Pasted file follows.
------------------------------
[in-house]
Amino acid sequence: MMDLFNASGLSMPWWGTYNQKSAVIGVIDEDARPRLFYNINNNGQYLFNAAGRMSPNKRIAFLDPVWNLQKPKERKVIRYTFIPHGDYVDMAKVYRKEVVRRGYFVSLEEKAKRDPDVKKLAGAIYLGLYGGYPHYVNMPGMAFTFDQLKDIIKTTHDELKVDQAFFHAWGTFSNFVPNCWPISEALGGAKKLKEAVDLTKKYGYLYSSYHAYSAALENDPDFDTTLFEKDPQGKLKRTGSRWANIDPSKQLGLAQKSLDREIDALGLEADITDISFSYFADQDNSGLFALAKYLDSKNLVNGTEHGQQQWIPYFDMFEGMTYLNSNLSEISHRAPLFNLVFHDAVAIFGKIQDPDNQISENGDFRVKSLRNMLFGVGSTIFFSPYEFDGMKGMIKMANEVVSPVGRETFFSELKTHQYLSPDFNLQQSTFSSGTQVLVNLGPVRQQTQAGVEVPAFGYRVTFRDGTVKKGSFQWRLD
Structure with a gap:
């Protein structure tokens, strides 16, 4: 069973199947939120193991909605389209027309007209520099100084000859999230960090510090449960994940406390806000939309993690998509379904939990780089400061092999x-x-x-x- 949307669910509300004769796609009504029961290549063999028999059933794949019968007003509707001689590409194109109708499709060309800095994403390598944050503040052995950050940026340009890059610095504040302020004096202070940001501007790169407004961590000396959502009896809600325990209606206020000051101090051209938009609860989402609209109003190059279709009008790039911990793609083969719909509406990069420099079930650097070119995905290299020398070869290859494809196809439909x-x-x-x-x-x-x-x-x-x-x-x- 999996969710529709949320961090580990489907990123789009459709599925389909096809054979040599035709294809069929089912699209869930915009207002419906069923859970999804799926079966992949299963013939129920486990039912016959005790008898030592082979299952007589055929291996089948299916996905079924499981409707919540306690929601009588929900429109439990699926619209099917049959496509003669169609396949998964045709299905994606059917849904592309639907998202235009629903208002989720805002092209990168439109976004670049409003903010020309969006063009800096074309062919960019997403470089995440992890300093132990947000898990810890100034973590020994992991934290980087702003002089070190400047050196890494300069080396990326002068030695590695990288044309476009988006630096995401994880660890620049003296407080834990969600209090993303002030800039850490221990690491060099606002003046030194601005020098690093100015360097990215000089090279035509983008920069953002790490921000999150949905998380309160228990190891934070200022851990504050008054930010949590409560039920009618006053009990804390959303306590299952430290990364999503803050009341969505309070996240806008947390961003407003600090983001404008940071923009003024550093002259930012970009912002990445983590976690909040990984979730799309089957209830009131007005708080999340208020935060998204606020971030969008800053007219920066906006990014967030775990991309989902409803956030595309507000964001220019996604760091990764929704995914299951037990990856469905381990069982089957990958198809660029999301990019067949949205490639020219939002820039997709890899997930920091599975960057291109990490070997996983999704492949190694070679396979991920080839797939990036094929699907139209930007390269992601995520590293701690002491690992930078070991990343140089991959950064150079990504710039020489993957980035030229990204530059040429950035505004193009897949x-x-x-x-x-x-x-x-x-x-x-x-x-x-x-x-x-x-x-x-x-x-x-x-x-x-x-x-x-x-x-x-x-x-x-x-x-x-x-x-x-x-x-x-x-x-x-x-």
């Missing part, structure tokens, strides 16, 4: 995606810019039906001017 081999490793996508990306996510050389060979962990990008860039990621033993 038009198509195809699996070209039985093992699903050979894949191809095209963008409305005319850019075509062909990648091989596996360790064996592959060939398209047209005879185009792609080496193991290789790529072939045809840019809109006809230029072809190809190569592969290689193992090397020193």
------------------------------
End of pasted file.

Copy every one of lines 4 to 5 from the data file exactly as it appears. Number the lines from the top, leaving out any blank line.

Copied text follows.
């Protein structure tokens, strides 16, 4: 069973199947939120193991909605389209027309007209520099100084000859999230960090510090449960994940406390806000939309993690998509379904939990780089400061092999x-x-x-x- 949307669910509300004769796609009504029961290549063999028999059933794949019968007003509707001689590409194109109708499709060309800095994403390598944050503040052995950050940026340009890059610095504040302020004096202070940001501007790169407004961590000396959502009896809600325990209606206020000051101090051209938009609860989402609209109003190059279709009008790039911990793609083969719909509406990069420099079930650097070119995905290299020398070869290859494809196809439909x-x-x-x-x-x-x-x-x-x-x-x- 999996969710529709949320961090580990489907990123789009459709599925389909096809054979040599035709294809069929089912699209869930915009207002419906069923859970999804799926079966992949299963013939129920486990039912016959005790008898030592082979299952007589055929291996089948299916996905079924499981409707919540306690929601009588929900429109439990699926619209099917049959496509003669169609396949998964045709299905994606059917849904592309639907998202235009629903208002989720805002092209990168439109976004670049409003903010020309969006063009800096074309062919960019997403470089995440992890300093132990947000898990810890100034973590020994992991934290980087702003002089070190400047050196890494300069080396990326002068030695590695990288044309476009988006630096995401994880660890620049003296407080834990969600209090993303002030800039850490221990690491060099606002003046030194601005020098690093100015360097990215000089090279035509983008920069953002790490921000999150949905998380309160228990190891934070200022851990504050008054930010949590409560039920009618006053009990804390959303306590299952430290990364999503803050009341969505309070996240806008947390961003407003600090983001404008940071923009003024550093002259930012970009912002990445983590976690909040990984979730799309089957209830009131007005708080999340208020935060998204606020971030969008800053007219920066906006990014967030775990991309989902409803956030595309507000964001220019996604760091990764929704995914299951037990990856469905381990069982089957990958198809660029999301990019067949949205490639020219939002820039997709890899997930920091599975960057291109990490070997996983999704492949190694070679396979991920080839797939990036094929699907139209930007390269992601995520590293701690002491690992930078070991990343140089991959950064150079990504710039020489993957980035030229990204530059040429950035505004193009897949x-x-x-x-x-x-x-x-x-x-x-x-x-x-x-x-x-x-x-x-x-x-x-x-x-x-x-x-x-x-x-x-x-x-x-x-x-x-x-x-x-x-x-x-x-x-x-x-």
């Missing part, structure tokens, strides 16, 4: 995606810019039906001017 081999490793996508990306996510050389060979962990990008860039990621033993 038009198509195809699996070209039985093992699903050979894949191809095209963008409305005319850019075509062909990648091989596996360790064996592959060939398209047209005879185009792609080496193991290789790529072939045809840019809109006809230029072809190809190569592969290689193992090397020193």